A heavy heart for no good reason, yeah, that’s me.
In my very first post on this blog I explained the name of the blog, which is a song by Leftover Cuties that inspired me somehow. What I didn’t mention is that I first heard this song on “The Big C” and that the inspiration probably was a combination from both the song and the show. It’s a bit of a strange show, especially for an American TV-show. They are usually so happy and idealistic and portray a life that very few people lead though many want to.
We all want friends like Rachel and Chandler, clothes like Serena, super interesting cases at work that we solve with our perfect brains like House or a marriage/family life that has some drama but always gets resolved before the episode is over or at least before the season finale, like practically every show out there. The Big C isn’t one of those shows. It has a story where the only probable outcome is death.
So why bother watching? I have no idea. Honestly I have no idea why, but I watch the show thinking of my patients, not any one specific, just the group as a whole. My interaction with them, which for me is an ordinary day at work – interesting and all, but still sometimes a mundane workday – is for them a huge unwelcomed blob of ink in their calendars. I seldom think about their lives outside of hospital when I’m working. I don’t think about the calls they’ve made to friends and family to arrange someone to look after their dog or kids of flowers while they’re in for treatment. I’m not sure I could do my job if I started picturing their dog all alone at home with no one to give it food or water because I decided that their owner should stay the night for observation, just to be sure. Then again, I know I’m not doing my job if I don’t see them as persons who are part of a whole world where my recommendations, medicines and appointments need to fit in. I’m the outsider; I need to fit in to their world, not the other way around.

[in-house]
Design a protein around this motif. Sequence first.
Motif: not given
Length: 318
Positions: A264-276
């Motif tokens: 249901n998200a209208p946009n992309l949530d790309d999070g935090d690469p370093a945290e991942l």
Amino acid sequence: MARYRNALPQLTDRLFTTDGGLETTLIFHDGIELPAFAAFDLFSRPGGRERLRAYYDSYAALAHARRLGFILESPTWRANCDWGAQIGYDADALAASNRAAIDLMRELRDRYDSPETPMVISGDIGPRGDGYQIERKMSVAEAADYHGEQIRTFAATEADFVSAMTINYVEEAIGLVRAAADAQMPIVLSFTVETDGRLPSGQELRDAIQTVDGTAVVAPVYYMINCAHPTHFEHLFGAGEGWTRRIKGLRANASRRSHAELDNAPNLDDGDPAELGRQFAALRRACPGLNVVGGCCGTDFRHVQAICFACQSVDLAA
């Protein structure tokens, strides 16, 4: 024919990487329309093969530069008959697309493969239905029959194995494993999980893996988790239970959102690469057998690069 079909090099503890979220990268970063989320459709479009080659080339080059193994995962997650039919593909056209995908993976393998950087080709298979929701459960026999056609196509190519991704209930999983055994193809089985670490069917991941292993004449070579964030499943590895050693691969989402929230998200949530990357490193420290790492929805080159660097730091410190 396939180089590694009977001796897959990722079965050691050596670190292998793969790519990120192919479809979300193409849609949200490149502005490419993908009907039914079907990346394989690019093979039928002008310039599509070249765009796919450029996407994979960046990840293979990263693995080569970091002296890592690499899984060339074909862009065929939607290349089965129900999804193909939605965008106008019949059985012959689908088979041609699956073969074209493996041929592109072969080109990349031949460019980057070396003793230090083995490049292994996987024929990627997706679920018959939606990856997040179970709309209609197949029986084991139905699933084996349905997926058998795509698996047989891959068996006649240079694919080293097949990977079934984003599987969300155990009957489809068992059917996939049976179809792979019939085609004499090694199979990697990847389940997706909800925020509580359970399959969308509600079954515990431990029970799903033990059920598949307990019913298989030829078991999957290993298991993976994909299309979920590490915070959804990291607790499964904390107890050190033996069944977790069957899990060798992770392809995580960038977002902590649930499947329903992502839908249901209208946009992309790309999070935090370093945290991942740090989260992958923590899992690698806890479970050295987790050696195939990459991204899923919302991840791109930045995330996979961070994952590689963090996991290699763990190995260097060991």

So I watch The Big C and I cry, and I get this stone right around the area where my heart normally lives and I think of everything I could – and should – do better. I think of how lucky I am that even when the worst message is being delivered, when I don’t want to be in the room because I don’t know how to handle it and when everything is going to hell and I’m practically at the breaking point because I can’t think and do as fast as is required – even then, I’m still the one in the best seat. And I think of the day when the world turns upside down and I’m suddenly on the other side.
I want to change the world – instead I sleep…